Here’s an interesting one from Lee. Enjoy!-anita
I came across an article recently, penned by Dr. R. Albert Mohler Jr., who heads up The Southern Baptist Theological Seminary in Louisville, KY. In his article, Dr. Mohler acknowledges that we live in a highly secularized world. He then goes on to quote extensively from a book by a Canadian philosopher, Dr. Charles Taylor, entitled A Secular Age. Taylor is a well-respected former Oxford Rhodes Scholar.
Taylor describes three sets of intellectual conditions that seem to fairly accurately define the world we have come to live in.
- The first period Taylor describes is what he calls the “premodern age of antiquity” where it was impossible not to believe [in God]. “There was simply no intellectual alternative to theism in the West…no alternative set of explanations for the world and its operations….”
- The 2nd period Taylor describes is the “age of modernity.” Here it became possible not to believe [in God]. “A secular alternative to Christian theism emerged as a real choice.”
- A 3rd period now defines our current state, Taylor says, a state which he terms “late modernity.” In this state it is now impossible to believe. According to Taylor, this means that, for the intellectual elites and the culture-forming sectors of society, “theism is not an available worldview—if not personally, then at least culturally.”
Interestingly, Taylor’s philosophy then takes an unexpected turn to argue against a condition that some philosophers have called “Secularism,” which is a major thesis of his book, A Secular Age. In doing some more research on this topic, I found on Wikipedia (that sometimes maligned source of current information) this definition: “In rough form, the secularization thesis holds that as modernity (a bundle of phenomena including science, technology, and rational forms of authority) progresses, religion gradually diminishes in influence.”
Taylor offers this point of encouragement to those of us who live life in love for and obedience to the Almighty God: “In fact, the modern world has not seen the disappearance of religion but rather its diversification and in many places its growth.” Taylor examines the development in “Western Christendom” of those aspects of modernity which we call secular. What he describes “is in fact not a single, continuous transformation, but a series of new departures, in which earlier forms of religious life have been dissolved or destabilized and new ones have been created.” Taylor concludes, sadly but correctly to some degree: “Today’s secular world is characterized not by an absence of religion–although in some societies religious belief and practice have markedly declined–but rather by the continuing multiplication of new options, religious, spiritual, and anti-religious, which individuals and groups seize on in order to make sense of their lives and give shape to their spiritual aspirations.” As Dr. Mohler puts it: “Christians are the intellectual outlaws under the current secular conditions.” And, of course, none of this should surprise us. The Lord Jesus told us Himself, “…you will be hated by all on account of My name, but the one who endures to the end, he shall be saved.”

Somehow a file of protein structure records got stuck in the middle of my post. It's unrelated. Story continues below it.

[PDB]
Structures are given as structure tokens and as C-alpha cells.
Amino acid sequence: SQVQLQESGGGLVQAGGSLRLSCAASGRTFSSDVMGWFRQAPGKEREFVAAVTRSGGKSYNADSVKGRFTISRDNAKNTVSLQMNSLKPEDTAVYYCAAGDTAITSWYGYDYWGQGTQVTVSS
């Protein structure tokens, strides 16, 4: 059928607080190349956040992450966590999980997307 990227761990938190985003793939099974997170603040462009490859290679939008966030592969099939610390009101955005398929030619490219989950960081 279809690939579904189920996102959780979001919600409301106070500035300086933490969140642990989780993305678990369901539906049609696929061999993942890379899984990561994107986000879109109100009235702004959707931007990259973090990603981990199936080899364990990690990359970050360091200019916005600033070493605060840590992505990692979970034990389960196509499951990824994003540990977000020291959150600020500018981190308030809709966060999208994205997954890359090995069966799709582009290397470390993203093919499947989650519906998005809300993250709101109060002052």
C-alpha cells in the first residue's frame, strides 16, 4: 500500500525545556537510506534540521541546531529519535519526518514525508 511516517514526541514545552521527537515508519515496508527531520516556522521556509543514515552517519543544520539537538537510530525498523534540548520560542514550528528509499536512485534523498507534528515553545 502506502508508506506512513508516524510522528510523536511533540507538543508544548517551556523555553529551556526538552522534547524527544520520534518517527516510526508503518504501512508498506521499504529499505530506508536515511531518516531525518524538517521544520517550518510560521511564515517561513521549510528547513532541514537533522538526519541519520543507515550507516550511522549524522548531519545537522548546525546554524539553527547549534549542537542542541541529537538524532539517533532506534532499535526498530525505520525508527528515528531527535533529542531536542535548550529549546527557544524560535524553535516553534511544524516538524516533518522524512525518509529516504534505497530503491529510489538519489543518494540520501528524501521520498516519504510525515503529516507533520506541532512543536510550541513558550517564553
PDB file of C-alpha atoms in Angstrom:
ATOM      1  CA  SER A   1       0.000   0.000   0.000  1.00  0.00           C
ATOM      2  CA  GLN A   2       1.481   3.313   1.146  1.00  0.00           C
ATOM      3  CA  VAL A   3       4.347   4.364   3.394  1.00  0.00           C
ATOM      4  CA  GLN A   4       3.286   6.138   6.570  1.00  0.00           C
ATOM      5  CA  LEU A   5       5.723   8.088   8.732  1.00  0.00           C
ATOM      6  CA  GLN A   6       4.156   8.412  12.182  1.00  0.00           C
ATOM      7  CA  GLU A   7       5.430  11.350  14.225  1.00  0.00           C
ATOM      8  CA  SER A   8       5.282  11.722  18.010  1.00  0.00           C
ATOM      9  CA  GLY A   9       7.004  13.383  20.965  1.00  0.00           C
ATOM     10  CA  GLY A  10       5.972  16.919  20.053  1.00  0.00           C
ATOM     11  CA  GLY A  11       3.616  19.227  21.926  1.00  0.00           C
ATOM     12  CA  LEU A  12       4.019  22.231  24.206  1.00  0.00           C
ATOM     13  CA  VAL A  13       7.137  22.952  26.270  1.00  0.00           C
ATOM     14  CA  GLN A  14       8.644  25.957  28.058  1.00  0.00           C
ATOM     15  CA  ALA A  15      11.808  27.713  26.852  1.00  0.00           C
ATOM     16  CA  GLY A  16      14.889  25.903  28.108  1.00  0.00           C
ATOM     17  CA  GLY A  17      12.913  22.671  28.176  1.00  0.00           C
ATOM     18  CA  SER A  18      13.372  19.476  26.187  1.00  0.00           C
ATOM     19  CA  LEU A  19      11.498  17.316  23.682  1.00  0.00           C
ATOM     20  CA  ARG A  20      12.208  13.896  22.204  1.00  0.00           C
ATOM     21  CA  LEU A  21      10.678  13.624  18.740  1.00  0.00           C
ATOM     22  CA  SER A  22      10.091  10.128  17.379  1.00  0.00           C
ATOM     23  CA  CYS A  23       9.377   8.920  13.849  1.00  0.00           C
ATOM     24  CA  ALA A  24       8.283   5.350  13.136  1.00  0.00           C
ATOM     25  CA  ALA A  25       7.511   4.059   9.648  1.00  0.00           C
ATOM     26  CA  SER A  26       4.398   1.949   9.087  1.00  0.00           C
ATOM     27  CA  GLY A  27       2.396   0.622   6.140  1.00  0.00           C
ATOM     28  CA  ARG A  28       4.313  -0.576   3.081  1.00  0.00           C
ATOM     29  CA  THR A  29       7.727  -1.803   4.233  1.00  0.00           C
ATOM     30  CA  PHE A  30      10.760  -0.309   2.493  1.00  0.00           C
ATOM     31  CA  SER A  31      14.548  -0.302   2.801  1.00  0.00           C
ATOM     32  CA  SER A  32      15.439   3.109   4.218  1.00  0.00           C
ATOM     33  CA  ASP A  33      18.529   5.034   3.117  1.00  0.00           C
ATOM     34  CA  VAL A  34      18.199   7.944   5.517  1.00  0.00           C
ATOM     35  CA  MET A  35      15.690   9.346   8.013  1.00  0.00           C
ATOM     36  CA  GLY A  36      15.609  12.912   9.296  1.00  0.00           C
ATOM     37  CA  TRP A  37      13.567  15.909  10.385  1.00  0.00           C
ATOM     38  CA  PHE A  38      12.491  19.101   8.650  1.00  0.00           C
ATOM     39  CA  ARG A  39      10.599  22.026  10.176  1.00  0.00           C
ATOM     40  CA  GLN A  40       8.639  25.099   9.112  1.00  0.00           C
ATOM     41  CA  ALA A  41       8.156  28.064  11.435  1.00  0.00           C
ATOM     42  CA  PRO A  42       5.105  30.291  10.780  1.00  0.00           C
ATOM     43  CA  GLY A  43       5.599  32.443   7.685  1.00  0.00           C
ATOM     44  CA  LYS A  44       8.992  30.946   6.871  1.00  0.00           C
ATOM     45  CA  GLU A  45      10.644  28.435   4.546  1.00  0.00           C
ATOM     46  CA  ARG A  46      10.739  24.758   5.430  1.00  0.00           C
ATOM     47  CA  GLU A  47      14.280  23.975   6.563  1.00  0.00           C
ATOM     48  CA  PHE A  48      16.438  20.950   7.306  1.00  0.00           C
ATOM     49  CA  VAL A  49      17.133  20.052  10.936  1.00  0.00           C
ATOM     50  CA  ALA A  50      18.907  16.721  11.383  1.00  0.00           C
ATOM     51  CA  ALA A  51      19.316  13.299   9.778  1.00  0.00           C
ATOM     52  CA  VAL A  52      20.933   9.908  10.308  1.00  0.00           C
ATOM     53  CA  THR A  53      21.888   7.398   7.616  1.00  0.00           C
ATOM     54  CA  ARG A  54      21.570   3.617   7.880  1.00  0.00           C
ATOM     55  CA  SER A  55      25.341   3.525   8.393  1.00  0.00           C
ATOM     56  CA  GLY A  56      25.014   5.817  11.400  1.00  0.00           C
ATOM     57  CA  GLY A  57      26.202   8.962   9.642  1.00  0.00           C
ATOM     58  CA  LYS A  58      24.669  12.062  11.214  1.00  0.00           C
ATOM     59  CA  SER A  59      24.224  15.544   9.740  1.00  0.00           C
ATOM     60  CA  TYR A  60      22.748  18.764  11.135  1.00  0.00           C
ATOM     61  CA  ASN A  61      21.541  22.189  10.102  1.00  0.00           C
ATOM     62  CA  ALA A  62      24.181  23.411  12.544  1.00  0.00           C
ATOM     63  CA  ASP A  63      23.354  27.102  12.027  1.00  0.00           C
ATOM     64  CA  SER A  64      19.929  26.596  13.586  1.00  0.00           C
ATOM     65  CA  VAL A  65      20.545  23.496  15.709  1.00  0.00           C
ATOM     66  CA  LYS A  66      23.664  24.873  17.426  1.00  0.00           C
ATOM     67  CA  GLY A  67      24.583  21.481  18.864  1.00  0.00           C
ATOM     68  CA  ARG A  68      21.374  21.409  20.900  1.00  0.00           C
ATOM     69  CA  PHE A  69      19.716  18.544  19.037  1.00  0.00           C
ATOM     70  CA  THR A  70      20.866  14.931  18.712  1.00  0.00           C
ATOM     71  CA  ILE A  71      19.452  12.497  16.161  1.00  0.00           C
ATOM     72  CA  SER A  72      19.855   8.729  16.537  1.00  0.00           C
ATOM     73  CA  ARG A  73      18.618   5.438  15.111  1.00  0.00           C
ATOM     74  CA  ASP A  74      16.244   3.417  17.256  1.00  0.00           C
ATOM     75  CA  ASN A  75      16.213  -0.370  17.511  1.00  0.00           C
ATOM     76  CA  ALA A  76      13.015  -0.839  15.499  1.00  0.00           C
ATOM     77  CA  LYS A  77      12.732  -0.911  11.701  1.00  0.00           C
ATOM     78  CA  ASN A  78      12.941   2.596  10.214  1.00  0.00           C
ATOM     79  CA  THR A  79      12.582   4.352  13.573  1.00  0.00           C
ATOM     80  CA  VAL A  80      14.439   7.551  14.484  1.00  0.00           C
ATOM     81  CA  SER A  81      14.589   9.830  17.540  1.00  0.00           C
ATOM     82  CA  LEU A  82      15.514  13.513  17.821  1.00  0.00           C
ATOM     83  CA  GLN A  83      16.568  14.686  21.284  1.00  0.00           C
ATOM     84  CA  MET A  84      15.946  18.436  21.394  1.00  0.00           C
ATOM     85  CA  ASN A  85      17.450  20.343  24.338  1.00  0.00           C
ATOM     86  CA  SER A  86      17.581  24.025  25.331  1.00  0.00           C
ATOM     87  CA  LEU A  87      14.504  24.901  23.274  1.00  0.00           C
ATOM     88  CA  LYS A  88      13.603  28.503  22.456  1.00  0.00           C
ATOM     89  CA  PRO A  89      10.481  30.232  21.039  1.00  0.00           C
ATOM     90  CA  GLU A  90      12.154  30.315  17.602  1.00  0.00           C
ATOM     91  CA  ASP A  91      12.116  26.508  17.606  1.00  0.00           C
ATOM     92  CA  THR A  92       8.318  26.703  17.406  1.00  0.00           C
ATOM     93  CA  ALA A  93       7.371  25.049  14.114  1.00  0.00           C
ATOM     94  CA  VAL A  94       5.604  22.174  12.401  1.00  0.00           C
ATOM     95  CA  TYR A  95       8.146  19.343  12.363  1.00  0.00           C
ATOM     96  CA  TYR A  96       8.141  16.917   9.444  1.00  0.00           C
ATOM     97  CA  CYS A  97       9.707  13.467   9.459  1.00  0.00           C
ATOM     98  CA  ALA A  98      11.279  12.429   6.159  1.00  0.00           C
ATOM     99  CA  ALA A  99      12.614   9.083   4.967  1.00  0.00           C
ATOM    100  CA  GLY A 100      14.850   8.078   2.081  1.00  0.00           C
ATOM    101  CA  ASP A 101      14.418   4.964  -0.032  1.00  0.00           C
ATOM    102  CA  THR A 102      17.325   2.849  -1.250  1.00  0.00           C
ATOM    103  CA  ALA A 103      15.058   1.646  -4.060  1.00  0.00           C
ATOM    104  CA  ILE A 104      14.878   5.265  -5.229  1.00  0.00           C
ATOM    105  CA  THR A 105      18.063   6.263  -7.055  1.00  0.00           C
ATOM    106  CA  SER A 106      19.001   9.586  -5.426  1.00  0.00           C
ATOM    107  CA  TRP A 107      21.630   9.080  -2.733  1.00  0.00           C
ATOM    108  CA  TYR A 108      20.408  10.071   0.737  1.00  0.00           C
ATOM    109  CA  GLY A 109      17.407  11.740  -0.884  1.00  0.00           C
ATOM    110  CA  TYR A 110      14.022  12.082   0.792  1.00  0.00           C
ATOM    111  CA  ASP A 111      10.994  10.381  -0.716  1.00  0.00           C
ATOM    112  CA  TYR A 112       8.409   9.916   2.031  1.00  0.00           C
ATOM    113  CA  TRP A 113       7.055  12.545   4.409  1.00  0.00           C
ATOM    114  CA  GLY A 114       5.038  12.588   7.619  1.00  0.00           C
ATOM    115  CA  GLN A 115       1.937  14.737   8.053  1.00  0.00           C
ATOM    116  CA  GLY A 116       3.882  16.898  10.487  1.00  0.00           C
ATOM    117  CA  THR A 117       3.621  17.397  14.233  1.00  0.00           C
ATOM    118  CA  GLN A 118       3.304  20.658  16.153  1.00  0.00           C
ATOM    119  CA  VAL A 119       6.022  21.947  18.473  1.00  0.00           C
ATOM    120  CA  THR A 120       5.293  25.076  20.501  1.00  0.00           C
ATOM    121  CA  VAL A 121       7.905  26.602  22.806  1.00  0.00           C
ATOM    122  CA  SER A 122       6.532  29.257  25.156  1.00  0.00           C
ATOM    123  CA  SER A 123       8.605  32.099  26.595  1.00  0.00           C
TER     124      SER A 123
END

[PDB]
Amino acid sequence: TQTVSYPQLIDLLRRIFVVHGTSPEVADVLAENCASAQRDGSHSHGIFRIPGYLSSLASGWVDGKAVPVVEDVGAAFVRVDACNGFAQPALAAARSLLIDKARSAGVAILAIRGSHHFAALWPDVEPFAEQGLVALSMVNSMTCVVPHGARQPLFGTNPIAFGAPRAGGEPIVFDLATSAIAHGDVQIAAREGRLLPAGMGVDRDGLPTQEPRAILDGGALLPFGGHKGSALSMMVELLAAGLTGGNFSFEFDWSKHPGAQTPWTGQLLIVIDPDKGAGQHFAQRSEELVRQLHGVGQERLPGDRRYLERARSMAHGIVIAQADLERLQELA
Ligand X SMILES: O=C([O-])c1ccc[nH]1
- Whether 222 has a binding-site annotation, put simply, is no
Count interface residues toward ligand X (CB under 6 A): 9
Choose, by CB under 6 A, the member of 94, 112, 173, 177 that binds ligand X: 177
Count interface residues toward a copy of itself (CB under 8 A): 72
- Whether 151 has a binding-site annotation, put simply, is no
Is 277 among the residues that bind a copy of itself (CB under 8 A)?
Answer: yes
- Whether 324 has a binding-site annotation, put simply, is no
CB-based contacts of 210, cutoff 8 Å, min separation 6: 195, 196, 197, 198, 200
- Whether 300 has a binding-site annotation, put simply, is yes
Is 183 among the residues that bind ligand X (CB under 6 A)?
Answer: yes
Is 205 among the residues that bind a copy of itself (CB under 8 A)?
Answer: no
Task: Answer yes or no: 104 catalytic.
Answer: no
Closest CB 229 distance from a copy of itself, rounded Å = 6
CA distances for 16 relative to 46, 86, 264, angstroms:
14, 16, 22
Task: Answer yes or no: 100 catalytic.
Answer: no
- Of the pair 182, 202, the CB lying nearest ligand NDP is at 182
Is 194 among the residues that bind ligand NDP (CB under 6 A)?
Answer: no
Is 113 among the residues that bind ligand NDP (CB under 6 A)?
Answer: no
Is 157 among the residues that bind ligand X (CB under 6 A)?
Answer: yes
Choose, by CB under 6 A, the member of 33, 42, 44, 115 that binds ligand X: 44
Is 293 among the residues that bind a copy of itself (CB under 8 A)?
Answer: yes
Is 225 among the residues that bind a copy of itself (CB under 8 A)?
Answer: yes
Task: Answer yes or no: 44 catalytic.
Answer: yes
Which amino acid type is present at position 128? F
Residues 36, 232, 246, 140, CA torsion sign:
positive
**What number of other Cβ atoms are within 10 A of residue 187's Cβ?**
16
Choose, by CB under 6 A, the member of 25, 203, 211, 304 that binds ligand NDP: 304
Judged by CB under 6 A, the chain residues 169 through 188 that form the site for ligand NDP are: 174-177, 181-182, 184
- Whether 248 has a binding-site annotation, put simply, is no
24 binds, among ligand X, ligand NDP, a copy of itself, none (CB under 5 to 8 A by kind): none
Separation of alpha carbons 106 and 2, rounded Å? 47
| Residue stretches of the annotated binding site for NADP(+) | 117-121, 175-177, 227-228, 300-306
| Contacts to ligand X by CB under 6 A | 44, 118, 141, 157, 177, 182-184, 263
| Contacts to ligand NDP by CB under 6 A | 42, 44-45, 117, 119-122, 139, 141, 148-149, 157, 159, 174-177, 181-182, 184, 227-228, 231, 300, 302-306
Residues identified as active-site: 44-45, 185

We’ve talked about this before; that the world has bought into the humanistic ideal of self first, and embraces the condition of subjective truth (my truth is what I want to believe it is, there is no objective truth of God). According to Taylor, “Everything is now reduced to choice…” and that is the basis of his concept of “individual authenticity,” which is code-speak for the issue of binding authority: God is not the authority in my life, I am. Me, me, me.
But I actually am encouraged by something implicit in Taylor’s thesis. Even with these “new options” of which he speaks, he acknowledges these options are seized upon by mankind “to make sense of their lives and give shape to their spiritual aspirations.” As misdirected as many of these “late modern” ideas are, they still reflect the fact that mankind is a spiritual being—spirit breathed into us by God– and constantly seeks ways to give form to something (or Someone, if you are a practicing Christian) greater than ourselves.
By: Lee Pierce